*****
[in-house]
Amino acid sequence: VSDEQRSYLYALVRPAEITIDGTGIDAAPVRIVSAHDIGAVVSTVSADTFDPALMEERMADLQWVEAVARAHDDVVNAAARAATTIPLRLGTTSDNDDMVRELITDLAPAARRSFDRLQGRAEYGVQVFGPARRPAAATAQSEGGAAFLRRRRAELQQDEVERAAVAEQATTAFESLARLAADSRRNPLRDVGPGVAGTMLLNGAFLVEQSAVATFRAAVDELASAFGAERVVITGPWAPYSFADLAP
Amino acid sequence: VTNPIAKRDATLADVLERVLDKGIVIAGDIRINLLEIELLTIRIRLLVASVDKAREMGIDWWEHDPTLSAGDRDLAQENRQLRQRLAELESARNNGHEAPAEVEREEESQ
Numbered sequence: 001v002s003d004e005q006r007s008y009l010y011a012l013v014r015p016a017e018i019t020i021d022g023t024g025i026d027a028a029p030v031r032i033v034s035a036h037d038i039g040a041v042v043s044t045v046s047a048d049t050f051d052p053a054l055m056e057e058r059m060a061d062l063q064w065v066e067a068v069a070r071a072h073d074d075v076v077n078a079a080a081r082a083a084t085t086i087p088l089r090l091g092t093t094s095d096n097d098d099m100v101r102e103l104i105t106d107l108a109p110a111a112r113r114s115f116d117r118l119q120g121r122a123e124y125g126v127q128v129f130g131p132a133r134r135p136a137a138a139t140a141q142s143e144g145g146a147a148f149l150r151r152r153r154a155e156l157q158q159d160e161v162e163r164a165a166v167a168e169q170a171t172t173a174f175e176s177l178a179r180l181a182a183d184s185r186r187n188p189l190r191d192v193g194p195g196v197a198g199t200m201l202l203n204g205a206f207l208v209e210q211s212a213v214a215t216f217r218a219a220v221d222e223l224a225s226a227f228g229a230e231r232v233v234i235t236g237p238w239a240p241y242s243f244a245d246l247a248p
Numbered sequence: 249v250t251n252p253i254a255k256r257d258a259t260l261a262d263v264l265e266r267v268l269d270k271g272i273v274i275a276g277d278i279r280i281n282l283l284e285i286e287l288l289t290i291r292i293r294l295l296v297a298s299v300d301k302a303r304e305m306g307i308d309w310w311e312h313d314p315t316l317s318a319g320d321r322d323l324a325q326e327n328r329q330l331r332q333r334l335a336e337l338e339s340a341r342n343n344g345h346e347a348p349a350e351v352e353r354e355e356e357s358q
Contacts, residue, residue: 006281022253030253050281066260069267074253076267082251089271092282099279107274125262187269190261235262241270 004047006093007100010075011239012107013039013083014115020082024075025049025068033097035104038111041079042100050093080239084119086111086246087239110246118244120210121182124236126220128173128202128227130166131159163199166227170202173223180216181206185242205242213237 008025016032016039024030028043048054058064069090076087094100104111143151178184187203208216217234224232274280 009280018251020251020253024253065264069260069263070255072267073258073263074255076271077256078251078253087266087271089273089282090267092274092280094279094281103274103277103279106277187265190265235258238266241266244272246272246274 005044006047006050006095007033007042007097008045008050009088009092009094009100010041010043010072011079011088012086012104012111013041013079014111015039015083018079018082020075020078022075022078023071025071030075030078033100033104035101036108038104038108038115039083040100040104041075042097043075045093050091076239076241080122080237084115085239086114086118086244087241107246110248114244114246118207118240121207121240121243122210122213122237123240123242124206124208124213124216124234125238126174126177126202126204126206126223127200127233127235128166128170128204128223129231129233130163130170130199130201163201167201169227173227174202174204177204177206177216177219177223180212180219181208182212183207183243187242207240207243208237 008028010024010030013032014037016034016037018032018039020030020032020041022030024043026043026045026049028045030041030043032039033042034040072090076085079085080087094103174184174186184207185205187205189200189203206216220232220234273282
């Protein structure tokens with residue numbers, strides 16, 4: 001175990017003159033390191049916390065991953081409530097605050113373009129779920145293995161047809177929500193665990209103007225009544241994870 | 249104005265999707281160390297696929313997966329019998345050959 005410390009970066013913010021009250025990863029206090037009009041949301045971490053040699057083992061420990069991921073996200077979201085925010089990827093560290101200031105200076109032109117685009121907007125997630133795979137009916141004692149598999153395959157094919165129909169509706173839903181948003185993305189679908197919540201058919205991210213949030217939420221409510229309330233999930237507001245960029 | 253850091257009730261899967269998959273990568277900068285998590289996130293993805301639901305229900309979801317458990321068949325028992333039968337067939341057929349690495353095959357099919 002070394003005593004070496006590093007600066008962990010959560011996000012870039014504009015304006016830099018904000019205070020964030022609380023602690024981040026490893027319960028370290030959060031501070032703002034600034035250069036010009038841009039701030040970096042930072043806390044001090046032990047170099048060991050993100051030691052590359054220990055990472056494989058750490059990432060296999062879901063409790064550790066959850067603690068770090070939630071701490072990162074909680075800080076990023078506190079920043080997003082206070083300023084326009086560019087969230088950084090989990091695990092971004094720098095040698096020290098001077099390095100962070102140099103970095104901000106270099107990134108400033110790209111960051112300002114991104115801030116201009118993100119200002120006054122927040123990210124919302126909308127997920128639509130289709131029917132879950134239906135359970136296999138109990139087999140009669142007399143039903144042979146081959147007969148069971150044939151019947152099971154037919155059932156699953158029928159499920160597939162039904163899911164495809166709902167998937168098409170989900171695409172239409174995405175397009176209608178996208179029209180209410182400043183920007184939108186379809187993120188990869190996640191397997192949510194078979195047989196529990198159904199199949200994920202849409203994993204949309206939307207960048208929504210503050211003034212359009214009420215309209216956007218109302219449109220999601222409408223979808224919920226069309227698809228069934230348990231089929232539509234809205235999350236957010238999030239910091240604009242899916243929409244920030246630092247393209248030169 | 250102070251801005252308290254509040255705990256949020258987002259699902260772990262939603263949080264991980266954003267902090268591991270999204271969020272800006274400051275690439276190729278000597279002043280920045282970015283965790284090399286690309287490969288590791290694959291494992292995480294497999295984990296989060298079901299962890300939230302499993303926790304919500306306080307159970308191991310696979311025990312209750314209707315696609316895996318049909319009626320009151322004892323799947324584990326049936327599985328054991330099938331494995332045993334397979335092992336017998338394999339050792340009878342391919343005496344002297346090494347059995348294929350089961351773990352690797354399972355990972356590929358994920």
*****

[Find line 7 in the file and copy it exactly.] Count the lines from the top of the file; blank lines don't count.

């Protein structure tokens with residue numbers, strides 16, 4: 001175990017003159033390191049916390065991953081409530097605050113373009129779920145293995161047809177929500193665990209103007225009544241994870 | 249104005265999707281160390297696929313997966329019998345050959 005410390009970066013913010021009250025990863029206090037009009041949301045971490053040699057083992061420990069991921073996200077979201085925010089990827093560290101200031105200076109032109117685009121907007125997630133795979137009916141004692149598999153395959157094919165129909169509706173839903181948003185993305189679908197919540201058919205991210213949030217939420221409510229309330233999930237507001245960029 | 253850091257009730261899967269998959273990568277900068285998590289996130293993805301639901305229900309979801317458990321068949325028992333039968337067939341057929349690495353095959357099919 002070394003005593004070496006590093007600066008962990010959560011996000012870039014504009015304006016830099018904000019205070020964030022609380023602690024981040026490893027319960028370290030959060031501070032703002034600034035250069036010009038841009039701030040970096042930072043806390044001090046032990047170099048060991050993100051030691052590359054220990055990472056494989058750490059990432060296999062879901063409790064550790066959850067603690068770090070939630071701490072990162074909680075800080076990023078506190079920043080997003082206070083300023084326009086560019087969230088950084090989990091695990092971004094720098095040698096020290098001077099390095100962070102140099103970095104901000106270099107990134108400033110790209111960051112300002114991104115801030116201009118993100119200002120006054122927040123990210124919302126909308127997920128639509130289709131029917132879950134239906135359970136296999138109990139087999140009669142007399143039903144042979146081959147007969148069971150044939151019947152099971154037919155059932156699953158029928159499920160597939162039904163899911164495809166709902167998937168098409170989900171695409172239409174995405175397009176209608178996208179029209180209410182400043183920007184939108186379809187993120188990869190996640191397997192949510194078979195047989196529990198159904199199949200994920202849409203994993204949309206939307207960048208929504210503050211003034212359009214009420215309209216956007218109302219449109220999601222409408223979808224919920226069309227698809228069934230348990231089929232539509234809205235999350236957010238999030239910091240604009242899916243929409244920030246630092247393209248030169 | 250102070251801005252308290254509040255705990256949020258987002259699902260772990262939603263949080264991980266954003267902090268591991270999204271969020272800006274400051275690439276190729278000597279002043280920045282970015283965790284090399286690309287490969288590791290694959291494992292995480294497999295984990296989060298079901299962890300939230302499993303926790304919500306306080307159970308191991310696979311025990312209750314209707315696609316895996318049909319009626320009151322004892323799947324584990326049936327599985328054991330099938331494995332045993334397979335092992336017998338394999339050792340009878342391919343005496344002297346090494347059995348294929350089961351773990352690797354399972355990972356590929358994920």